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Cornwall Insight reports on LNG volatility and British markets

Published by , Assistant Editor
LNG Industry,

According to Cornwall Insight, LNG prices and demand have enjoyed unprecedented momentum in recent months, with Asian spot LNG prices reaching an all-time high of 211.94p/th on 15 January. However, LNG’s recording break run has ended in the last few weeks, with prices having fallen significantly. In fact, Cornwall Insight records showed a 71% decline in prices on 29 January than the same day a week earlier.

“Throughout this dramatic price growth and subsequent decline, LNG prices have had ramifications for the NBP gas price in Great Britain (GB). LNG is often seen as the marginal source of gas supply in GB and much of Europe, and [Cornwall Insight] have observed gas prices become quite sensitive to LNG price movements in recent years.

“As the spot Asian LNG price soared, GB day-ahead gas prices reached their highest level in three years, hitting 73.50p/th on 12 January, whilst gas contracts along the forward curve also saw significant price growth.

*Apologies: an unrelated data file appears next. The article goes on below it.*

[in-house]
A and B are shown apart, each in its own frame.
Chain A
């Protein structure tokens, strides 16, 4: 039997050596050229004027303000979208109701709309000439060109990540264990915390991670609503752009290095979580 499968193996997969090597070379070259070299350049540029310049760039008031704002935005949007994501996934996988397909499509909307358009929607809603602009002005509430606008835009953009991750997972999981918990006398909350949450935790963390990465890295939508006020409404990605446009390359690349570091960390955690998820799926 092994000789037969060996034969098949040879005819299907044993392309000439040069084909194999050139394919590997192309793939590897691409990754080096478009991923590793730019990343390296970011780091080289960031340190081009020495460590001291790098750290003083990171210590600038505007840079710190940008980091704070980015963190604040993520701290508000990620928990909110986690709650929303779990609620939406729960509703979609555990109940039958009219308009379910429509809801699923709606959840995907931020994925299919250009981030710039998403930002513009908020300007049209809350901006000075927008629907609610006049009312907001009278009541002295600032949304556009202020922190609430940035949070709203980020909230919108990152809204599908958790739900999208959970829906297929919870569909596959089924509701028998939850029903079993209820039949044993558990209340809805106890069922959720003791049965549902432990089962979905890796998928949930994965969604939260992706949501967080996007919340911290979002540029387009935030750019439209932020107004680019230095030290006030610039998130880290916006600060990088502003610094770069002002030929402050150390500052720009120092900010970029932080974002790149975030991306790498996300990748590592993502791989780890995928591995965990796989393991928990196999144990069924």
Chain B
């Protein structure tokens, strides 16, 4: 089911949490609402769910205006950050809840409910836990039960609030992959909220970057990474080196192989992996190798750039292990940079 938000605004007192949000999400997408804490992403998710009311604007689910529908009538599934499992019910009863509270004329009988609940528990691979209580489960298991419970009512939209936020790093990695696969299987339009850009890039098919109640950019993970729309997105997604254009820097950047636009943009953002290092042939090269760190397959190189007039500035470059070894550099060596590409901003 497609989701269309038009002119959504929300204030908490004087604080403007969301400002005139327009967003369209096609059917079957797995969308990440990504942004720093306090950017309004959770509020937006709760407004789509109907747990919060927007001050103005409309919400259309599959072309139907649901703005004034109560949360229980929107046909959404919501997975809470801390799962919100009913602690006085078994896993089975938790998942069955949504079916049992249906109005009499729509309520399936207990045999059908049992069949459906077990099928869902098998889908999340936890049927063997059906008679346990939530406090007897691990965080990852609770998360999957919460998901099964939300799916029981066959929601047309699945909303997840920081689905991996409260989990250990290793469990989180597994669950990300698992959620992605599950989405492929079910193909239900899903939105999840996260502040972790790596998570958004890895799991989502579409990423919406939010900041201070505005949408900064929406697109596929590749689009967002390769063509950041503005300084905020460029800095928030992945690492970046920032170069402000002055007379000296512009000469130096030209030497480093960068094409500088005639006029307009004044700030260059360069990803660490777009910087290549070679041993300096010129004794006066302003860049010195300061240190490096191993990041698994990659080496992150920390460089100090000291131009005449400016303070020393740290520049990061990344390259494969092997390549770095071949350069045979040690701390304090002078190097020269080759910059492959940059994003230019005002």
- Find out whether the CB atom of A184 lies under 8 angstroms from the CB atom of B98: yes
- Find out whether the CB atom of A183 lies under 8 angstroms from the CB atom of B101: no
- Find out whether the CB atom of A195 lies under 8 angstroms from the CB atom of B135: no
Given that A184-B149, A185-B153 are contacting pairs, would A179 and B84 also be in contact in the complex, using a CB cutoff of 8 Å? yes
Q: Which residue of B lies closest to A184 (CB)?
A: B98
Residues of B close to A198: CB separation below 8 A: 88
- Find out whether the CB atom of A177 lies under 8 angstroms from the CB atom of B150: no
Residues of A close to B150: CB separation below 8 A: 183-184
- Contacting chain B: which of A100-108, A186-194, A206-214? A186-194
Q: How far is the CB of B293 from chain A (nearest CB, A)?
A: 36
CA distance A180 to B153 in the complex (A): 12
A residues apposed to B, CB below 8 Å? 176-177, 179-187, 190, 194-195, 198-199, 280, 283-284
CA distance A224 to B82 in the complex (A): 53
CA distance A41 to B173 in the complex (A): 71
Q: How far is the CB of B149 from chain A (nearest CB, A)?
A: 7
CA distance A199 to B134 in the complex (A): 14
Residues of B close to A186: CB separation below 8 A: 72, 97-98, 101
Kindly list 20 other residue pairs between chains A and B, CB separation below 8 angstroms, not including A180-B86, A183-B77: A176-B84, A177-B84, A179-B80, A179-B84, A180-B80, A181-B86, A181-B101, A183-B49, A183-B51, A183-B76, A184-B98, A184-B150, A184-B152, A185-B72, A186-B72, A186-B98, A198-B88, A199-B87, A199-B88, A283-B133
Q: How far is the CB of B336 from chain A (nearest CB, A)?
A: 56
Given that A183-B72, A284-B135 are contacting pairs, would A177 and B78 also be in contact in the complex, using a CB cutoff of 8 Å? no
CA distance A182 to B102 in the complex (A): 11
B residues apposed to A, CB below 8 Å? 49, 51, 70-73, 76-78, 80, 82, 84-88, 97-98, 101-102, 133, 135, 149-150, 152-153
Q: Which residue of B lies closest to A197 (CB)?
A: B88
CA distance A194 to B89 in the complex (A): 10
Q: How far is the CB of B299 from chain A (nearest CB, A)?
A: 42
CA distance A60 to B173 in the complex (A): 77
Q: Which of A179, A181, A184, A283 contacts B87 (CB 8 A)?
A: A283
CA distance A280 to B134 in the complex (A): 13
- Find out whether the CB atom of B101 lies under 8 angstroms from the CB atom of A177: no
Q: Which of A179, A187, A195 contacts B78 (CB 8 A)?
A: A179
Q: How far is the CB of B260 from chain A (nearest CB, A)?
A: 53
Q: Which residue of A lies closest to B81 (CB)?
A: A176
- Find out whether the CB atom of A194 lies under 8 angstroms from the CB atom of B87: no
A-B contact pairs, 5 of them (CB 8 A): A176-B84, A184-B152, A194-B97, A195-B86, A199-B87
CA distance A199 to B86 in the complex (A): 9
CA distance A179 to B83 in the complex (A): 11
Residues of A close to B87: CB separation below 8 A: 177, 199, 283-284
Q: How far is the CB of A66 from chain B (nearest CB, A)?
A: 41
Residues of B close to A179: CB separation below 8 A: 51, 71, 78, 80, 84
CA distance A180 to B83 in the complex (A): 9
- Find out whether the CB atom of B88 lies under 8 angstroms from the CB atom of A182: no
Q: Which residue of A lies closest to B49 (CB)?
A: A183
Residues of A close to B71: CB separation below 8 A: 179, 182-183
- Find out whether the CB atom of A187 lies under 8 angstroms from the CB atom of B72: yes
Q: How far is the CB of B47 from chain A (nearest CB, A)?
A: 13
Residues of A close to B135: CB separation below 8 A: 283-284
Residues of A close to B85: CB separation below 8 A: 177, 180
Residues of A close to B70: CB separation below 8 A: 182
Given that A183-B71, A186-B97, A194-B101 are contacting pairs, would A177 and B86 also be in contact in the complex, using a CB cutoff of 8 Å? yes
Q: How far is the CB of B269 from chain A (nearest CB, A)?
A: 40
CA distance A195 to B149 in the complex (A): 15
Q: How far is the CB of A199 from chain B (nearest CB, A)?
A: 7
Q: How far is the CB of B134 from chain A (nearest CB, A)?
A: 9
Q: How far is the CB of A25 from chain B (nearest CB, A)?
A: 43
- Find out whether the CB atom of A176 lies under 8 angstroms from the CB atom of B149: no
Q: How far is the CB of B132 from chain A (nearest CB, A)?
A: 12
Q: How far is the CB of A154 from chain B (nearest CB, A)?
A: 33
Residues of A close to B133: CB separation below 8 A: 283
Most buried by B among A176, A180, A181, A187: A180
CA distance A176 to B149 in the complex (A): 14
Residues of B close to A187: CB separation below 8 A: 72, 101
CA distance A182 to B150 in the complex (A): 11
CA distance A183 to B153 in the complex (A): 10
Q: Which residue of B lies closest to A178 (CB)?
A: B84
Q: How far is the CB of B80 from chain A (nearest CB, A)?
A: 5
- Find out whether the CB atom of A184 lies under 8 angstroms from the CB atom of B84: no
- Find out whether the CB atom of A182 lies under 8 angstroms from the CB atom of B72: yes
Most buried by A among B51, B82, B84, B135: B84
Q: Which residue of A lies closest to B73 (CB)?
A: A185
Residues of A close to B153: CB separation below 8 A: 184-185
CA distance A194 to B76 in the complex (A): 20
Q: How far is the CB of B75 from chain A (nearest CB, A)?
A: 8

“This impact also fed into the GB power market, with day-ahead power prices soaring (although this was also due to tight power supply margins). Power contracts along the forward curve also saw significant growth. As gas-fired power stations remain the marginal generators in the power market, movements in gas prices remain important for electricity prices.

“The susceptibility of GB and European gas markets to global LNG prices may be set to increase. With no concrete plans for new long-term storage facilities in the UK and declining UKCS supplies, it could point to a greater LNG dependency in the coming years.

“Global competition for LNG may be set to rise. However, future gas demand may be replaced by hydrogen or greater green gas usage produced domestically, or even a switch to the electrification of heat. National Grid’s Future Energy Scenarios highlights that, under electrification scenarios, natural gas demand may decline significantly. Under scenarios using hydrogen, the hydrogen itself may come from the reformation of natural gas (known as blue hydrogen), in which case our gas import dependency will remain.”

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UK LNG news LNG news in Europe